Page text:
Date of Degree


Document Type


Degree Name



Liberal Studies


Karen Miller

Committee Members

Elizabeth Macaulay-Lewis

Subject Categories

Animal Law | Biodiversity


Elephants, Rhinoceros, Conservation, Poacher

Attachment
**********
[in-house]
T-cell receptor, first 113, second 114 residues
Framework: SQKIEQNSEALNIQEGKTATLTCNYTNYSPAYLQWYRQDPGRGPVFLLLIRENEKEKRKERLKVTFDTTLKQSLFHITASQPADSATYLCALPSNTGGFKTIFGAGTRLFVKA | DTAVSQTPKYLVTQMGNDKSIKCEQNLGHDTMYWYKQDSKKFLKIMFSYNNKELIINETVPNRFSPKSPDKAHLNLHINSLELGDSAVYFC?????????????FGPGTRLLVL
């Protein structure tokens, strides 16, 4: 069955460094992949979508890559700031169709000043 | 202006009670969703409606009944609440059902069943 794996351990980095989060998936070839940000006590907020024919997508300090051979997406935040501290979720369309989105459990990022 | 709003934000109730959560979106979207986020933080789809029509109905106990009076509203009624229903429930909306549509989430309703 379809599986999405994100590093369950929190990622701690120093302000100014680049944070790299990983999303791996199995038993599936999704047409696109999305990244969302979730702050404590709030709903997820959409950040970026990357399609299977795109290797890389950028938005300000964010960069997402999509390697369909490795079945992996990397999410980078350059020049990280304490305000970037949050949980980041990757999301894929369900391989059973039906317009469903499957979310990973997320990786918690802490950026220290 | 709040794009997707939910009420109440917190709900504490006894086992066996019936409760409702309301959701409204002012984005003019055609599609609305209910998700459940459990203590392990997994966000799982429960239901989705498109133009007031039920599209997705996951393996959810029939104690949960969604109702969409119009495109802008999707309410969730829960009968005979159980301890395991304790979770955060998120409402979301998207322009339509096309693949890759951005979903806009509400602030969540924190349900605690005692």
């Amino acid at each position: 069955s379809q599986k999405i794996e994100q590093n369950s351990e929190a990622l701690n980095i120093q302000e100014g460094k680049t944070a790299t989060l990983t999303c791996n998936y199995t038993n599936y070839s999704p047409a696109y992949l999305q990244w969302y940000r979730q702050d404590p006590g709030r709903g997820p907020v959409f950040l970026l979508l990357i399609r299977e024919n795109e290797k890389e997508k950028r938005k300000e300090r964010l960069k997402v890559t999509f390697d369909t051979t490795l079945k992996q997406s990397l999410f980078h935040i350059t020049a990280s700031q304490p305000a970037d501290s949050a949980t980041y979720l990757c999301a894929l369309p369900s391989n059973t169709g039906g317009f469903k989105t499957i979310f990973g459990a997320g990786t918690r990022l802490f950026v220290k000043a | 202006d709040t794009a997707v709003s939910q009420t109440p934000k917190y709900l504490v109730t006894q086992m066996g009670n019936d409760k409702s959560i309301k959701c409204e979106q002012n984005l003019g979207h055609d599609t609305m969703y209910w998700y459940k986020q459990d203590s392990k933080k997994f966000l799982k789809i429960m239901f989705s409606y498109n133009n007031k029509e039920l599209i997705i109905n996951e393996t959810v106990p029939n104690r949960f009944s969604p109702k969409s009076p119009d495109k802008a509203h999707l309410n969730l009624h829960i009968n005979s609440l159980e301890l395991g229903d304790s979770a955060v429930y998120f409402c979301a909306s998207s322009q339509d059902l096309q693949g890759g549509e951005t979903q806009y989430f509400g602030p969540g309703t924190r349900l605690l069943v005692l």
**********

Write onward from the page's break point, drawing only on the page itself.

The world is facing biological diversity extinction of its wildlife solely caused by humans. One of the leading causes of the extinction crisis is attributed to poaching and the illegal trade of wildlife products. In search of finding suitable methods to curb the crisis, a dichotomy of overarching solutions has arisen: those who have advocated for community-based natural resource management and those who support militarized conservation. The focus of this paper is to delineate which method is, if any, the most appropriate when combatting poaching and the illegal wildlife trade. Concentrating on elephants (both African and Asian) and the rhinoceros, two of the most threatened species of these crimes, this paper looks at a multitude of factors gathered through past literature to determine the best method to conserve endangered species when faced with poaching. Community-based natural resource management, when used alone, has been shown to be incapable of stopping the threat when foreigners and professional criminals are involved. Although militarization of conservation is faced with a lot of critics and leaves the possibility of corruption and human right violations to occur, militarization of wildlife conservation has proven to be an effective method to protect animals against those who have their mind set on breaking the law. The only solution is a more adaptive and holistic one, which combines the two strategies of community-based natural resource management and conservation militarization. To chastise the idea and utility of conservation militarization is to leave an invaluable tool in the bag when combatting those who are set on poaching and participating in the lucrative illegal wildlife trade